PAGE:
Spectra, Dupuis start production on Kid Paddle

Montreal: About a year after its launch, Spectra Animation and veteran producer Andre A. Belanger have started production on Kid Paddle, a 52 x 11 animation series coproduction with Leon Perrahia (Largo Winch) of France's Dupuis Audiovisuel. The show is based on a popular Euro comic book series and Belanger says negotiations carried on 'over four long months.' Belanger and Spectra VP, television Luc Chatelain are exec producers.
Kid Paddle targets the eight- to 12-year-old crowd and follows the highly interactive adventures of Kid Paddle, Big Bang and Horace, who seem to interact and coalesce with anything that's fun, especially videogames and spooky movies.
Spectra is putting up 26% of the $2.5 million in financing and will create many of the show's script and storyboard elements and much of the background coloring.

Montreal: About a year after its launch, Spectra Animation and veteran producer Andre A. Belanger have started production on Kid Paddle, a 52 x 11 animation series coproduction with Leon Perrahia (Largo Winch) of France’s Dupuis Audiovisuel. The show is based on a popular Euro comic book series and Belanger says negotiations carried on ‘over four long months.’ Belanger and Spectra VP, television Luc Chatelain are exec producers.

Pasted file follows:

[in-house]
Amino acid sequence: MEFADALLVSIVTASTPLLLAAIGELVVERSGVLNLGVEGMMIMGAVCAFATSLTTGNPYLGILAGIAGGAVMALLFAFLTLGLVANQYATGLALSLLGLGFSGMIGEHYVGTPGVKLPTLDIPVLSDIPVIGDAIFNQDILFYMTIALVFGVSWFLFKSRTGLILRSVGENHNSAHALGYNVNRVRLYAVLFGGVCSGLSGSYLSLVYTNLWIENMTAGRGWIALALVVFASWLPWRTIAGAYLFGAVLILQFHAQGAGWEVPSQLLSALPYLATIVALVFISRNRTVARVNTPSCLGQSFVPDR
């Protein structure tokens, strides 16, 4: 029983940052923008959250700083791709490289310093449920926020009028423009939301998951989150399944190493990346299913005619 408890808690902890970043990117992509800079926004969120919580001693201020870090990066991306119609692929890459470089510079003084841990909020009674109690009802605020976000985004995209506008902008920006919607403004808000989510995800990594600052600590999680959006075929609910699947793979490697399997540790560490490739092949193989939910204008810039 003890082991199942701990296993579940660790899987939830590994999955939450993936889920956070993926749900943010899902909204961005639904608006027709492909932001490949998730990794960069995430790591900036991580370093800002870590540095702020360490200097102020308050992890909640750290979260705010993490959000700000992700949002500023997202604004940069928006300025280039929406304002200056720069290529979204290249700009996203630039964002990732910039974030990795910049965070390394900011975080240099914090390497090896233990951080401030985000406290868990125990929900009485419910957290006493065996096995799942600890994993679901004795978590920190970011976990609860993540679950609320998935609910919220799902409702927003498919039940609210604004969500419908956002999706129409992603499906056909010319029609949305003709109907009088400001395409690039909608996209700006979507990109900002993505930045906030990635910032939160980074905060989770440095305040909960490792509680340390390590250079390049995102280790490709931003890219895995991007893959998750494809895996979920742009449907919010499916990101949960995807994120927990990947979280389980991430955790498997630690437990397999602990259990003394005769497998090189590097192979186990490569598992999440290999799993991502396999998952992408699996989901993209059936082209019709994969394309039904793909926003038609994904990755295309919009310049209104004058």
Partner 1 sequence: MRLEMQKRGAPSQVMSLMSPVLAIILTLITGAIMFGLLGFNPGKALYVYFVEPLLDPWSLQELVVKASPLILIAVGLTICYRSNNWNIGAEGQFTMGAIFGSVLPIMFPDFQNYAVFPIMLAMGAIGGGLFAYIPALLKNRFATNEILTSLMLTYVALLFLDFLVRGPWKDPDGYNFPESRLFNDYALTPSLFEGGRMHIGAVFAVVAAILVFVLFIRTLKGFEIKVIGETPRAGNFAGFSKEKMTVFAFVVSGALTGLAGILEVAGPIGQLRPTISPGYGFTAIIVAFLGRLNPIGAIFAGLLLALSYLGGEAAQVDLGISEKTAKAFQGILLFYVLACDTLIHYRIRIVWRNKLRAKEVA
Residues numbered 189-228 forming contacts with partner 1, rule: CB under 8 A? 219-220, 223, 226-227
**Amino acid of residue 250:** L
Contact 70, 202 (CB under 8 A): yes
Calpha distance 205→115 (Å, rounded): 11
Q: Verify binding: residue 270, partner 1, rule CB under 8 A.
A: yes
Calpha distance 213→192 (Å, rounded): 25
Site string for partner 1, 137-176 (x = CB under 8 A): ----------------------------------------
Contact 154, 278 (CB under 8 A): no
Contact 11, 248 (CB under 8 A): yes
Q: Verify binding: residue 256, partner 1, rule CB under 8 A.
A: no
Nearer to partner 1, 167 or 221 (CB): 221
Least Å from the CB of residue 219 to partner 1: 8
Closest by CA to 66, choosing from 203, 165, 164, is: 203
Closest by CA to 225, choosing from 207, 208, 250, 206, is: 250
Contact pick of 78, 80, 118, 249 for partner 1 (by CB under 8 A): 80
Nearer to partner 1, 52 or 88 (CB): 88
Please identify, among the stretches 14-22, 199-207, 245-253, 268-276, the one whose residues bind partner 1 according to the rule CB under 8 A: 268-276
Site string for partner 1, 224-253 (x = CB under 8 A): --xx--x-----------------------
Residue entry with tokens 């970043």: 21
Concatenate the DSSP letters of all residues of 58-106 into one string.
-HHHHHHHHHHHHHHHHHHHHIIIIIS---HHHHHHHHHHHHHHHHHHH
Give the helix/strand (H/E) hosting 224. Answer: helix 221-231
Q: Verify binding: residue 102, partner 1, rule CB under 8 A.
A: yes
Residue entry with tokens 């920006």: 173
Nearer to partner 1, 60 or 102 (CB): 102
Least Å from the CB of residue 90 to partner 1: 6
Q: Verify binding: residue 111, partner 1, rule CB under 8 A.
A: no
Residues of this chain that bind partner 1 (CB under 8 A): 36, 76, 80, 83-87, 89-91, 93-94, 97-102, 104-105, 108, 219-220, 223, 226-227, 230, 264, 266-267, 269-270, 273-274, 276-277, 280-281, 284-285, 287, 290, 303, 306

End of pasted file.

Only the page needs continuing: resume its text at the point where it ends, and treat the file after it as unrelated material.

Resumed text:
Kid Paddle targets the eight- to 12-year-old crowd and follows the highly interactive adventures of Kid Paddle, Big Bang and Horace, who seem to interact and coalesce with anything that’s fun, especially videogames and spooky movies.

Spectra is putting up 26% of the $2.5 million in financing and will create many of the show’s script and storyboard elements and much of the background coloring.

Belanger worked with Dupuis earlier on the animation series Papyrus. As president of the former Cactus Animation/Motion studios he coproduced 11 international series over a four-and-half-year period.

Kid Paddle will be broadcast next fall in Canada on Teletoon (French and English) and in France on M6 and specialty channel Canal J. Belanger has applied to the Canadian Television Fund for LFP funding. He says Teletoon and YTV are basically the only Canadian animation services that offer licences capable of triggering public production investments.